Botanical name: Juglans nigra
Common/commercial names: Black walnut, American walnut
Distribution & Availability
Throughout Eastern USA, but principal commercial region is the central United States. One of the few American species planted as well as naturally regenerated. Reasonable availability in both lumber and veneer.
The sapwood of walnut is creamy white, while the heartwood is light brown to dark chocolate brown, occasionally with a purplish cast and darker streaks. Walnut can be supplied steamed, to darken sapwood or left unsteamed. The wood is generally straight grained, but sometimes with wavy or curly grain that produces an attractive and decorative figure. The dark heartwood will lighten in colour as it ages overtime with exposure to UV light.
Physical & Mechanical Properties
Walnut is a tough, hard timber of medium density, with moderate bending and crushing strengths and low stiffness. It has a good steam bending classification.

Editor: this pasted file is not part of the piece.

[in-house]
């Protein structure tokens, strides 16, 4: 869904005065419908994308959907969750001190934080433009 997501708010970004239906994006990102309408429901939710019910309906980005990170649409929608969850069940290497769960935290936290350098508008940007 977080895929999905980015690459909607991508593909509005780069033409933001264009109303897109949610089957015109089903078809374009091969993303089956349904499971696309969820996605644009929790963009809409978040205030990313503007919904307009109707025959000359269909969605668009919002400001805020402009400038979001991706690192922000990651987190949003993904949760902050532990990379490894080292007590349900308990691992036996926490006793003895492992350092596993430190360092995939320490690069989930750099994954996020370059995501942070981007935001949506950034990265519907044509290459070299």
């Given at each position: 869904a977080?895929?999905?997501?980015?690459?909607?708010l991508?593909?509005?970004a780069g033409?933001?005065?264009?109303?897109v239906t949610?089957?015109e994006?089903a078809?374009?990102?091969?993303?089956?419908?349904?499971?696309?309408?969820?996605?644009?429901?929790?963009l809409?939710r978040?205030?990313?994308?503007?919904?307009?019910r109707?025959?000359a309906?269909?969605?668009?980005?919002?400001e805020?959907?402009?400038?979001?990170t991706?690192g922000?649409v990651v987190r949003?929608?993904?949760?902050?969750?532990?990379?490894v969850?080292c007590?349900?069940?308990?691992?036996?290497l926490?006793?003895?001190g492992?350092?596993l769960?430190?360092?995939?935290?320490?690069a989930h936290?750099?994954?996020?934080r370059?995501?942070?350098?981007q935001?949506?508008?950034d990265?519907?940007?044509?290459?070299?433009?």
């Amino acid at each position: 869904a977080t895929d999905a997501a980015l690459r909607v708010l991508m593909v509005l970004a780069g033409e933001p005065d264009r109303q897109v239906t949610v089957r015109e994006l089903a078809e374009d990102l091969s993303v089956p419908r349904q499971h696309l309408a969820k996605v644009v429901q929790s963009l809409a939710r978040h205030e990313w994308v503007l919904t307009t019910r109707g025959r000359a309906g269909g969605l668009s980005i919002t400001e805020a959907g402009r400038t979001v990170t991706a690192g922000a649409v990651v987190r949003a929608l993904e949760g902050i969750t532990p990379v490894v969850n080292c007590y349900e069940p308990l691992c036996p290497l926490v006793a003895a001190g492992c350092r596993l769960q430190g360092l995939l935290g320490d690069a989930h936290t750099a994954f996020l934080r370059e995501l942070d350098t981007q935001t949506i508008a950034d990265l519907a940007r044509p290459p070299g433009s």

Walnut works easily with hand and machine tools, and nails, screws and glues well. It holds paints and stains very well and can be polished to an exceptional finish. It performs best when dried slowly, reducing the opportunity for degrade. Walnut has good dimensional stability.
Rated as very resistant to heartwood decay, it is one of the most durable woods even under conditions favourable to decay.
Furniture, cabinet making, architectural interiors, high class joinery, doors, flooring, gunstocks and panelling. A favoured wood for using in contrast with lighter coloured timbers.
The NHLA grades have been altered for this species because of availability and nature of the timber growth (around 1% of the standing forest resource). The FAS lumber grade allows a 5 inch minimum width and 6 foot minimum length. When steamed, the sapwood, which is not considered a defect, will turn a darker colour to assist blending in the finishing process and is admitted without limit. Discuss with your supplier for more information.